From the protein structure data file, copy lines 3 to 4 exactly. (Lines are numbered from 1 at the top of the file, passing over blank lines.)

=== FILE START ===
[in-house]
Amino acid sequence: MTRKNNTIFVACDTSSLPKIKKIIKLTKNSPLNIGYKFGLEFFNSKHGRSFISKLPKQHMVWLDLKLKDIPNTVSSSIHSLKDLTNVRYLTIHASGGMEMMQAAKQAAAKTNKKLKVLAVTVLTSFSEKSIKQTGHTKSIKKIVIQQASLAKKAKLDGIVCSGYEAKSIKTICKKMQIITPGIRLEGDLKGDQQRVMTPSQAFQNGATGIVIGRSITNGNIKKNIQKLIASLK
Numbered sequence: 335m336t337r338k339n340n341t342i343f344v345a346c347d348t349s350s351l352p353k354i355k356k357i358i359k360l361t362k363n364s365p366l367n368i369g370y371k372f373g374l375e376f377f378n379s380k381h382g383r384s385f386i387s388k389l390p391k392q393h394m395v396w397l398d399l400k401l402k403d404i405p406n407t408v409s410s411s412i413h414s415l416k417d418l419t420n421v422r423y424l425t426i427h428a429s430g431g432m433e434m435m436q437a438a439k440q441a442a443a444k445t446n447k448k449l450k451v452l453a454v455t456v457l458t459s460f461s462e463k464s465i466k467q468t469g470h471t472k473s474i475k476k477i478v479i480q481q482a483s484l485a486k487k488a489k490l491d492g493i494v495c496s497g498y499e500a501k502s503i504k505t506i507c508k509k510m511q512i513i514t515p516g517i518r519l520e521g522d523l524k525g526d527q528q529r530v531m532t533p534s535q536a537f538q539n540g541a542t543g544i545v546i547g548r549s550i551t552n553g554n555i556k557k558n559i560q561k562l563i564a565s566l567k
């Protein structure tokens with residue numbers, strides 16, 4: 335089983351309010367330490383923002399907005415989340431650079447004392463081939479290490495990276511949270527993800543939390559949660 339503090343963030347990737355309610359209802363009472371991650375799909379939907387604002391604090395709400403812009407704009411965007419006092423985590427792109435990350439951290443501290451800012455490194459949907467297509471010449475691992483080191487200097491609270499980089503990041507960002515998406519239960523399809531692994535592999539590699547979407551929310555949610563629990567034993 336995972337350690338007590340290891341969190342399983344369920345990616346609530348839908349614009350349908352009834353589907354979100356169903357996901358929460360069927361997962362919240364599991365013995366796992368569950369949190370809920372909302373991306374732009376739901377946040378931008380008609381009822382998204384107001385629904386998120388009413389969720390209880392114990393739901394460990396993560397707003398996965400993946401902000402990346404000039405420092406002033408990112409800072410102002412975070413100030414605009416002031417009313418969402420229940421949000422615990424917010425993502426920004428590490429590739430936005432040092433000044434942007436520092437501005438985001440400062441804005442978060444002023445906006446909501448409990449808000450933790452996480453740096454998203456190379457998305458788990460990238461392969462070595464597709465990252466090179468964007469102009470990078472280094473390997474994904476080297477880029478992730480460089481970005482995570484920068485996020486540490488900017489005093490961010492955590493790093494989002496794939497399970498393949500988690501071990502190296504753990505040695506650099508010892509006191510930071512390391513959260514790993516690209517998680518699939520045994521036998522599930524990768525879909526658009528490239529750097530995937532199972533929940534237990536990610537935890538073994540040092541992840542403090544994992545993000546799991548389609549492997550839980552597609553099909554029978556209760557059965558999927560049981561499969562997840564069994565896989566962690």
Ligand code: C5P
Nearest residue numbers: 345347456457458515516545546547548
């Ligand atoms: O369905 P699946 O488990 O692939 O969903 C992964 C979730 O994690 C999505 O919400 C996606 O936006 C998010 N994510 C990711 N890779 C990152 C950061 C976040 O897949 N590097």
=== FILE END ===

Numbered sequence: 335m336t337r338k339n340n341t342i343f344v345a346c347d348t349s350s351l352p353k354i355k356k357i358i359k360l361t362k363n364s365p366l367n368i369g370y371k372f373g374l375e376f377f378n379s380k381h382g383r384s385f386i387s388k389l390p391k392q393h394m395v396w397l398d399l400k401l402k403d404i405p406n407t408v409s410s411s412i413h414s415l416k417d418l419t420n421v422r423y424l425t426i427h428a429s430g431g432m433e434m435m436q437a438a439k440q441a442a443a444k445t446n447k448k449l450k451v452l453a454v455t456v457l458t459s460f461s462e463k464s465i466k467q468t469g470h471t472k473s474i475k476k477i478v479i480q481q482a483s484l485a486k487k488a489k490l491d492g493i494v495c496s497g498y499e500a501k502s503i504k505t506i507c508k509k510m511q512i513i514t515p516g517i518r519l520e521g522d523l524k525g526d527q528q529r530v531m532t533p534s535q536a537f538q539n540g541a542t543g544i545v546i547g548r549s550i551t552n553g554n555i556k557k558n559i560q561k562l563i564a565s566l567k
């Protein structure tokens with residue numbers, strides 16, 4: 335089983351309010367330490383923002399907005415989340431650079447004392463081939479290490495990276511949270527993800543939390559949660 339503090343963030347990737355309610359209802363009472371991650375799909379939907387604002391604090395709400403812009407704009411965007419006092423985590427792109435990350439951290443501290451800012455490194459949907467297509471010449475691992483080191487200097491609270499980089503990041507960002515998406519239960523399809531692994535592999539590699547979407551929310555949610563629990567034993 336995972337350690338007590340290891341969190342399983344369920345990616346609530348839908349614009350349908352009834353589907354979100356169903357996901358929460360069927361997962362919240364599991365013995366796992368569950369949190370809920372909302373991306374732009376739901377946040378931008380008609381009822382998204384107001385629904386998120388009413389969720390209880392114990393739901394460990396993560397707003398996965400993946401902000402990346404000039405420092406002033408990112409800072410102002412975070413100030414605009416002031417009313418969402420229940421949000422615990424917010425993502426920004428590490429590739430936005432040092433000044434942007436520092437501005438985001440400062441804005442978060444002023445906006446909501448409990449808000450933790452996480453740096454998203456190379457998305458788990460990238461392969462070595464597709465990252466090179468964007469102009470990078472280094473390997474994904476080297477880029478992730480460089481970005482995570484920068485996020486540490488900017489005093490961010492955590493790093494989002496794939497399970498393949500988690501071990502190296504753990505040695506650099508010892509006191510930071512390391513959260514790993516690209517998680518699939520045994521036998522599930524990768525879909526658009528490239529750097530995937532199972533929940534237990536990610537935890538073994540040092541992840542403090544994992545993000546799991548389609549492997550839980552597609553099909554029978556209760557059965558999927560049981561499969562997840564069994565896989566962690």